nslookup zoomdirect.com.au 8.8.8.8
Server: 8.8.8.8
Address: 8.8.8.8#53


Non-authoritative answer:
Name: zoomdirect.com.au
Address: 119.81.45.82

The query responded with the IP address of 119.81.45.82.

What does a RPZ response look like?

nslookup zoomdirect.com.au ns1.svarthal.net
Server: ns1.svarthal.net
Address: 45.19.203.68#53

** server can’t find zoomdirect.com.au: NXDOMAIN

From the example above, the response changed from 119.81.45.82 to NXDOMAIN. This means that the response came back with nothing, making the phish server non-existent.

DNS Architecture

Deploying a local BIND DNS server for an organization can be quite daunting. There are a multitude of options available within the configuration of the service. Though secure configurations are extremely important, one must not overlook how to architect its set up within a network. Architecting the service correctly from the start will ease configuration headaches further down the road.

Network Segmentation

Network segmentation must be considered when standing up new systems. Segmentation is performed through the use of a firewall or proxy device which restricts network traffic. This restriction provides necessities by blocking unused protocols, access to network ports, and access from systems and services outside of the segment.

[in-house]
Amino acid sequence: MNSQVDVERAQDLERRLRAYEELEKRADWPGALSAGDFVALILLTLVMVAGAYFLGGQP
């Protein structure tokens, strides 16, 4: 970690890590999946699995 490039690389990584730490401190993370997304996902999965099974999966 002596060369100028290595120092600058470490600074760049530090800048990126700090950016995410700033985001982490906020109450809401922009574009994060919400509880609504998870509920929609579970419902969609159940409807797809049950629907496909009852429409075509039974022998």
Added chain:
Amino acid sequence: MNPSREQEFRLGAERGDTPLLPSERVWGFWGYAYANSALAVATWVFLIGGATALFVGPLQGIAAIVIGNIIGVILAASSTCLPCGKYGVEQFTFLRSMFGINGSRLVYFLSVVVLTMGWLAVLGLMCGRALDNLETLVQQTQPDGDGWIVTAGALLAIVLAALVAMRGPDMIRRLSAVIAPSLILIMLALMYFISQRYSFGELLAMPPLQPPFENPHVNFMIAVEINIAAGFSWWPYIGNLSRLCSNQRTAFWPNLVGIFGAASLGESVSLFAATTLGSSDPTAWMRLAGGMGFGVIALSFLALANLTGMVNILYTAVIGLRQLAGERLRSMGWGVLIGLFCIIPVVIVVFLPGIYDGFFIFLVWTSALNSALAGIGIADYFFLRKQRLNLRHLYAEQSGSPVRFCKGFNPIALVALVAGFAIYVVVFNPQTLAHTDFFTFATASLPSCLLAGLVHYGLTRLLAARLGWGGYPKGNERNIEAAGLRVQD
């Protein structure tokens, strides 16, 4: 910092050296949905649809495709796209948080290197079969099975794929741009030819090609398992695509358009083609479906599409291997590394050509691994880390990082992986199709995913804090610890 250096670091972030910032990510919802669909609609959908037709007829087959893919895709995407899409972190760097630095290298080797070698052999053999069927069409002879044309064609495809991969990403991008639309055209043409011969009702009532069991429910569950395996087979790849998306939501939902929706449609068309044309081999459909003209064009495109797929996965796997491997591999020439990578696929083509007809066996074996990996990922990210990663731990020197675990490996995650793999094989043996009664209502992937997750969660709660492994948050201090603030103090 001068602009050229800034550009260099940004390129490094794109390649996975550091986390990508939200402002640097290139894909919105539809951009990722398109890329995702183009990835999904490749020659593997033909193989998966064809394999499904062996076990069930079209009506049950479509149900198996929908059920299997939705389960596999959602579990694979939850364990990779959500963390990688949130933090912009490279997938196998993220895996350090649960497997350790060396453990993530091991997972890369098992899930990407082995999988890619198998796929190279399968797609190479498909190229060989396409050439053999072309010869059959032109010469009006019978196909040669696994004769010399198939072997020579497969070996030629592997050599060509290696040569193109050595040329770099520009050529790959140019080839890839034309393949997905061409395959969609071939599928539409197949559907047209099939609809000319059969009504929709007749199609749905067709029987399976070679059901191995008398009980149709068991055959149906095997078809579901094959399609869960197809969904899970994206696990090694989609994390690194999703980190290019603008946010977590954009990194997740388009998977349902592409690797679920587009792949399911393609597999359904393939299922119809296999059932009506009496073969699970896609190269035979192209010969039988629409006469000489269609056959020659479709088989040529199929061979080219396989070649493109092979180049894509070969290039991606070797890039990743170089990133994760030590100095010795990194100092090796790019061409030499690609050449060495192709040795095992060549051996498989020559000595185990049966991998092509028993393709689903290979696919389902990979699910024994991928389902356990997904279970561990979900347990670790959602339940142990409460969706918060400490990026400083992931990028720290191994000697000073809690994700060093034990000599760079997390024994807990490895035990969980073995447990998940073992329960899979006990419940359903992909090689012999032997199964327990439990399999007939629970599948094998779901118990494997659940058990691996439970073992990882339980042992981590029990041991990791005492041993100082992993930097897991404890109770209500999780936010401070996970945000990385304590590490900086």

To segment services properly, an organization can either segment individual systems from each other or by creating a Community Of Interest (COI). A COI is the combination of like systems within a network segment. For example, a DNS COI is the creation of a network segment where all of the organization’s DNS servers reside. Though this is not as secure as segmenting each DNS server away from each other, this is more secure than placing all systems within the same, flat, network segment. Architectural diagram is shown below:

Primary DNS